In a first for the Royal Australian Navy and the United States Navy, Guided Missile Destroyer HMAS Brisbane has completed a live missile engagement using guidance data from a US vessel using their Cooperative Engagement Capability (CEC).
Defence Minister Linda Reynolds said these trials which were held in waters the US west coast over the past month marked a ground-breaking milestone for Australia.
“This missile firing demonstrates the very highest levels of interoperability between our navies,” she said. “It reaffirms the game changing technology that the Aegis combat system brings to our Navy and the advanced capability of the Australian-built Hobart Class Destroyers.
“By conducting these trials in the US, our Navy is able to access the world’s best expertise, instrumented ranges and analysis capabilities to provide confidence in how the ship will perform in combat.”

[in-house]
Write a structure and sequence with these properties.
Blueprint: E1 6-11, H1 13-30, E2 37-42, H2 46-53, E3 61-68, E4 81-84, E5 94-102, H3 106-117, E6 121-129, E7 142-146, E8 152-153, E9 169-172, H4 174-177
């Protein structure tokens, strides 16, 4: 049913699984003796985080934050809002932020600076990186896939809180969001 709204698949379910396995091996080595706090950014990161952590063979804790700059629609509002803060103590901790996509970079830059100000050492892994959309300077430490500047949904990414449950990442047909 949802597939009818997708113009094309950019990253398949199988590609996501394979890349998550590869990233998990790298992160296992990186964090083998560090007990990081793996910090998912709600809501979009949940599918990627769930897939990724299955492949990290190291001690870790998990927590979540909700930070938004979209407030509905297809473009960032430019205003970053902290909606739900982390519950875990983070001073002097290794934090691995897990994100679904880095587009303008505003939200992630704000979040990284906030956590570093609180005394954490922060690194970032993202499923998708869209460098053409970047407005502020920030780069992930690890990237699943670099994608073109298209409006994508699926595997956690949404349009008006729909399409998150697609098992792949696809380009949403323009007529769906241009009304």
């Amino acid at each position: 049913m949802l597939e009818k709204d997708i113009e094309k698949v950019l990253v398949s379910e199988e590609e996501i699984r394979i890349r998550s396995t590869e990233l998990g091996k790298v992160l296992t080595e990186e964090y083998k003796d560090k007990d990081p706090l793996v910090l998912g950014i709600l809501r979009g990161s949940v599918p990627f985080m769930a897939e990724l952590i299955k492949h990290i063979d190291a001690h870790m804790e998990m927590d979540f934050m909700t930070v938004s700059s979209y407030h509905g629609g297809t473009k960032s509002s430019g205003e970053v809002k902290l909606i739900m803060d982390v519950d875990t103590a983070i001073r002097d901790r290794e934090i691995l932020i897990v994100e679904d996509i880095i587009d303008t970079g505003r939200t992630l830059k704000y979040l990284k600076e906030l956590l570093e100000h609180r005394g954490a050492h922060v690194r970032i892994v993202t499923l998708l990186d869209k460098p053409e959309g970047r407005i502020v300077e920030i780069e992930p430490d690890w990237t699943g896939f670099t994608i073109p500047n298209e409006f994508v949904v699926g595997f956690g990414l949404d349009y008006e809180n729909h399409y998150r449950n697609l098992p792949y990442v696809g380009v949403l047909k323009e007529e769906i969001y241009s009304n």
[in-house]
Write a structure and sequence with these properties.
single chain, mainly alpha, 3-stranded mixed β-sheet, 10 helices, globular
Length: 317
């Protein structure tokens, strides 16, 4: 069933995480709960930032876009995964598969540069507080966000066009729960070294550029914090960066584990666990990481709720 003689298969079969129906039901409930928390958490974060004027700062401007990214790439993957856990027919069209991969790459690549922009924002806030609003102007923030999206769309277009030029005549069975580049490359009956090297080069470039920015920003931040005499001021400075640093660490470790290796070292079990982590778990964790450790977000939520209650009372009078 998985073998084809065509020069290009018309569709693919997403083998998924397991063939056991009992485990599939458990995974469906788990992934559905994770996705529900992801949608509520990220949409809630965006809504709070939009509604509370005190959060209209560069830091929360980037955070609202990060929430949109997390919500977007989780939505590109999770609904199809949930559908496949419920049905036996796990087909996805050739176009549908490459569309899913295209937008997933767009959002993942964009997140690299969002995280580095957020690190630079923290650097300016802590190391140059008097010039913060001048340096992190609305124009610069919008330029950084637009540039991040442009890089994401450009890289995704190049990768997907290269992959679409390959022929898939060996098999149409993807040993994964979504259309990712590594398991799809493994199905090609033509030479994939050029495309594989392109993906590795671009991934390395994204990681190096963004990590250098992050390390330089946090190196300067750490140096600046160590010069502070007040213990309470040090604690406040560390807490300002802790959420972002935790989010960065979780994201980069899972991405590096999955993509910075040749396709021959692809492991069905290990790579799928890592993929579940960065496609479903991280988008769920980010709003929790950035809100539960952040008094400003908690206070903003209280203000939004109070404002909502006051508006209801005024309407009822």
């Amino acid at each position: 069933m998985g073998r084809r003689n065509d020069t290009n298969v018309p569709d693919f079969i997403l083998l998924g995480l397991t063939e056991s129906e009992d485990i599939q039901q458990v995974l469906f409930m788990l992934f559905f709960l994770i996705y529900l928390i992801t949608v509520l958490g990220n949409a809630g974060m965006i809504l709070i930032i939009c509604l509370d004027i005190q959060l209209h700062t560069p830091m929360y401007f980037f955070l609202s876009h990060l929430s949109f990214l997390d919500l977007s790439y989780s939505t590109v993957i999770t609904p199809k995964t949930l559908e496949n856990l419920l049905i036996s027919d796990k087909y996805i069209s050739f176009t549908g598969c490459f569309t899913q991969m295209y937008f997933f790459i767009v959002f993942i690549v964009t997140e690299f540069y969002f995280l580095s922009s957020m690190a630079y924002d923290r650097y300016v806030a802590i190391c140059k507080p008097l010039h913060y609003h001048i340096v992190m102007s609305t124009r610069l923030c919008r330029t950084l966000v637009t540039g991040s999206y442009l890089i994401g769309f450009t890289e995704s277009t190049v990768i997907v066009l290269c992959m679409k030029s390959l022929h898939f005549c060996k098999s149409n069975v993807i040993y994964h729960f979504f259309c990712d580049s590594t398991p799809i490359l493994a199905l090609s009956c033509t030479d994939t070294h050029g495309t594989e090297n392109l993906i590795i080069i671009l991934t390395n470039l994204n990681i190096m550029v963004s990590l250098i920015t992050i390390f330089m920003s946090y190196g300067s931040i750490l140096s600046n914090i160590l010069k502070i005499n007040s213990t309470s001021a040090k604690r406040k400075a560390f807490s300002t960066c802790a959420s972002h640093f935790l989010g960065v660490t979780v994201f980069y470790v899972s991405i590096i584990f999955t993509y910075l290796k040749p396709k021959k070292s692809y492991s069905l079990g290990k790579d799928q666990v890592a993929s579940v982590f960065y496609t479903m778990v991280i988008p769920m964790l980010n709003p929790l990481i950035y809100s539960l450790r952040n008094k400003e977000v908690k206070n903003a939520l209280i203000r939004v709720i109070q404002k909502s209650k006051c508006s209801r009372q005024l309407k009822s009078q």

CEC is a significant capability delivered by the Aegis combat system. It allows similarly equipped vessels to cooperate in attacking targets, with one vessel providing targeting data and another firing its missile. In this case the remote sensor data came from USS Stockdale, an Aegis-equipped Arleigh Burke-class guided missile destroyer.
HMAS Brisbane (DDG 41) is the second of three Hobart-class guided missile destroyers to undertake combat systems ship qualifications trials (CSSQT) on the US Navy range off the California coast.
That involves a full workout of the Aegis combat system and SPY-1D radar, with firing of live missiles against drone targets.
The last of the three Hobart class DDGs, NUSHIP Sydney, was launched in May last year, and is currently undergoing sea trials prior to being commissioned next May.
This was published by our partner ADBR on November 4, 2019.